Poland was rocked by its second political crisis in a week yesterday when a senior aide to the Prime Minister was filmed secretly offering financial and political inducements to persuade an MP to switch political parties.
The row is likely to deal a fatal blow to the beleaguered, right-wing government led by Jaroslaw Kaczynski and bring elections next month.
Last week the Polish Prime Minister - whose twin brother, Lech, is Poland's president - unceremoniously sacked the deputy premier, Andrzej Lepper, leader of the ultra-nationalist Self-Defence party. The acrimonious row broke apart the ruling coalition and deprived Mr Kaczynski's Law and Justice Party of its parliamentary majority.
The drama, which engulfed Warsaw yesterday, emerged from efforts by Law and Justice to lure enough MPs from rival parties to stay in government.
Unbeknown to the Prime Minister's chef de cabinet, Adam Lipinski, his two meetings with Renata Beger, an MP from Mr Lepper's Self-Defence party, were filmed secretly. Footage of the encounters, in a hotel room next to the parliament building in Warsaw, was being screened all day on Polish television yesterday. It shows Mr Lipinski exploring with Ms Berger what post she would want if she were to switch party.
"Secretary of State in the agriculture ministry, yes?" he asked. "You know, this is not a problem at all because we have plenty of free positions." Though Mr Lipinski subsequently qualified the job offer, he held another, more damaging, discussion. This time he discussed paying off a penalty of 500,000 zlotys (£85,000) which Self-Defence has forced its MPs to promise they would pay if they quit their party.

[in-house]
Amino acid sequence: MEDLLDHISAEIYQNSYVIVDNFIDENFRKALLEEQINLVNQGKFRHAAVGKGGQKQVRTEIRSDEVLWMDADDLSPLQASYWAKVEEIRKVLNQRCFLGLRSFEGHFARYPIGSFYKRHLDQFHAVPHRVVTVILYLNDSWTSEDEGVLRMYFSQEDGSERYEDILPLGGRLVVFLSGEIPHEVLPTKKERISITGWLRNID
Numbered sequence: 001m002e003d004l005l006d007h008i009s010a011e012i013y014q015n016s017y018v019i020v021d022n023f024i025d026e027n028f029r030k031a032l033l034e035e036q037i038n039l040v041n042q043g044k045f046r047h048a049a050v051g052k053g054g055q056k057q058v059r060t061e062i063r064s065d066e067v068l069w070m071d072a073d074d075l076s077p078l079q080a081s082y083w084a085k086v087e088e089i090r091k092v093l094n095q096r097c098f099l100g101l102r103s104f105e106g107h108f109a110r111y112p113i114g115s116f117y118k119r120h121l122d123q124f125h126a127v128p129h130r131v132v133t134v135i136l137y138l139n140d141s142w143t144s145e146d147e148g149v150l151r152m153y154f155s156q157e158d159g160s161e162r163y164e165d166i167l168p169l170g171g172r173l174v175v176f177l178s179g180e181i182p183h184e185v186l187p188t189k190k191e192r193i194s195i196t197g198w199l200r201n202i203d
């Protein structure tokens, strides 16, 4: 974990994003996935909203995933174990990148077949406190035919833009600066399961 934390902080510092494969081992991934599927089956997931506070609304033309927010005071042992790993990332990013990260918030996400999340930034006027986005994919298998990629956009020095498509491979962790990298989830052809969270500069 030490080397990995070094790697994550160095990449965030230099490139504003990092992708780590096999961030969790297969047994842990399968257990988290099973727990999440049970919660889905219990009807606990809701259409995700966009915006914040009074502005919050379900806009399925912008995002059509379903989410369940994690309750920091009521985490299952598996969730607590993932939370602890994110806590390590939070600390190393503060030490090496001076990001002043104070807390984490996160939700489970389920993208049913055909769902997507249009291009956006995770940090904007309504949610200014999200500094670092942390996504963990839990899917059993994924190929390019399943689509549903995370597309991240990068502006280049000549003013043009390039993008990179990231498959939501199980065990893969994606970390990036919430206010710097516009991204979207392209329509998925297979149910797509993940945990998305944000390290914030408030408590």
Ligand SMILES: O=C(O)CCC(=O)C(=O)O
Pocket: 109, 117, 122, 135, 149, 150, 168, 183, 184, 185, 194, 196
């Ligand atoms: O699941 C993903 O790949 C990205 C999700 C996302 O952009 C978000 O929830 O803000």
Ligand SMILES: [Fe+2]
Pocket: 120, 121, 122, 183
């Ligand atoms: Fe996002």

When Ms Beger asked about the possibility of financial help, Mr Lipinski replied: "Yes, we were thinking of creating some fund." Asked to explain his comments, Mr Lipinski later told TVN that he wanted to prevent the MPs being "threatened", adding: "I believe that Law and Justice should help these Self-Defence deputies."
That hardly convinced the Prime Minister's many critics and prompted other political parties to freeze coalition negotiations with Mr Kaczynski.
Jaroslaw Kalinowski, leader of the Peasants' Party, said: "There is absolutely no possibility of coalition talks now with Law and Justice after what happened last night. This is a clear case of corruption. The point now is to find a way out of this situation and there is the prospect of early elections on the horizon."
The leader of the largest opposition party, the centre-right Civic Platform, Donald Tusk, accused the government of corruption, called on Mr Kaczynski to resign and said parliament should be dissolved.
All "decent people" should demand the "immediate resignation of Jaroslaw Kacz-ynski," Mr Tusk said.
Even before the revelations, Mr Kaczynski faced a difficult task in trying to cobble together a new coalition, and many believe such a prospect is now impossible. Elections had already been pencilled in for 26 November and Law and Justice is likely to lose seats.
Nationalist, Eurosceptic and noted campaigners against gay rights, the Kaczynski twins have made few friends in European capitals. However, yesterday's convulsions will be seen as further evidence of political instability in the EU's new, eastern, countries, following last week's riots in Hungary.
In its short life the government has been no stranger to drama. Earlier this year President Lech Kaczynski sacked his initial Prime Minister, Kazimierz Marcinkiewicz, and installed his twin brother, breaking a pre-election pledge not to concentrate Poland's two most powerful political jobs in the hands of one family.Reuse content